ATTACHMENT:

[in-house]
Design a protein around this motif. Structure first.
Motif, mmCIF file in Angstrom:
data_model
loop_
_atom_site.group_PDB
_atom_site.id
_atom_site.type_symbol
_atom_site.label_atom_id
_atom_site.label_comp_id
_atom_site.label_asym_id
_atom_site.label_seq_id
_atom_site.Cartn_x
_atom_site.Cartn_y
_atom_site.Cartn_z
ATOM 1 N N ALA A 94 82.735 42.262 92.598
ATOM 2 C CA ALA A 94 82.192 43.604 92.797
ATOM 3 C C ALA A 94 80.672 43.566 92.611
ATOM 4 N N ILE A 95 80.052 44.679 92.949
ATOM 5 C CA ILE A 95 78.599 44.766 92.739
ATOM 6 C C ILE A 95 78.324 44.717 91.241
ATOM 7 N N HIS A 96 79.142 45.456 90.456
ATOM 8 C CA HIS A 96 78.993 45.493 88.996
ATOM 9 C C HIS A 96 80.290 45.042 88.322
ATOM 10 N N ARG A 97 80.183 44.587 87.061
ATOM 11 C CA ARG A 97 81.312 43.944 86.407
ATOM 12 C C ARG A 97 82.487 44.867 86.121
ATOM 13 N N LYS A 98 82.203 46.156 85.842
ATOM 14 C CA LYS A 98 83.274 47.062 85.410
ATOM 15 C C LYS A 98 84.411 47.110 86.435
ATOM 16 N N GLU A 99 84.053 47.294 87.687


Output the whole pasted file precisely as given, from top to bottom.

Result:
[in-house]
Design a protein around this motif. Structure first.
Motif, mmCIF file in Angstrom:
data_model
loop_
_atom_site.group_PDB
_atom_site.id
_atom_site.type_symbol
_atom_site.label_atom_id
_atom_site.label_comp_id
_atom_site.label_asym_id
_atom_site.label_seq_id
_atom_site.Cartn_x
_atom_site.Cartn_y
_atom_site.Cartn_z
ATOM 1 N N ALA A 94 82.735 42.262 92.598
ATOM 2 C CA ALA A 94 82.192 43.604 92.797
ATOM 3 C C ALA A 94 80.672 43.566 92.611
ATOM 4 N N ILE A 95 80.052 44.679 92.949
ATOM 5 C CA ILE A 95 78.599 44.766 92.739
ATOM 6 C C ILE A 95 78.324 44.717 91.241
ATOM 7 N N HIS A 96 79.142 45.456 90.456
ATOM 8 C CA HIS A 96 78.993 45.493 88.996
ATOM 9 C C HIS A 96 80.290 45.042 88.322
ATOM 10 N N ARG A 97 80.183 44.587 87.061
ATOM 11 C CA ARG A 97 81.312 43.944 86.407
ATOM 12 C C ARG A 97 82.487 44.867 86.121
ATOM 13 N N LYS A 98 82.203 46.156 85.842
ATOM 14 C CA LYS A 98 83.274 47.062 85.410
ATOM 15 C C LYS A 98 84.411 47.110 86.435
ATOM 16 N N GLU A 99 84.053 47.294 87.687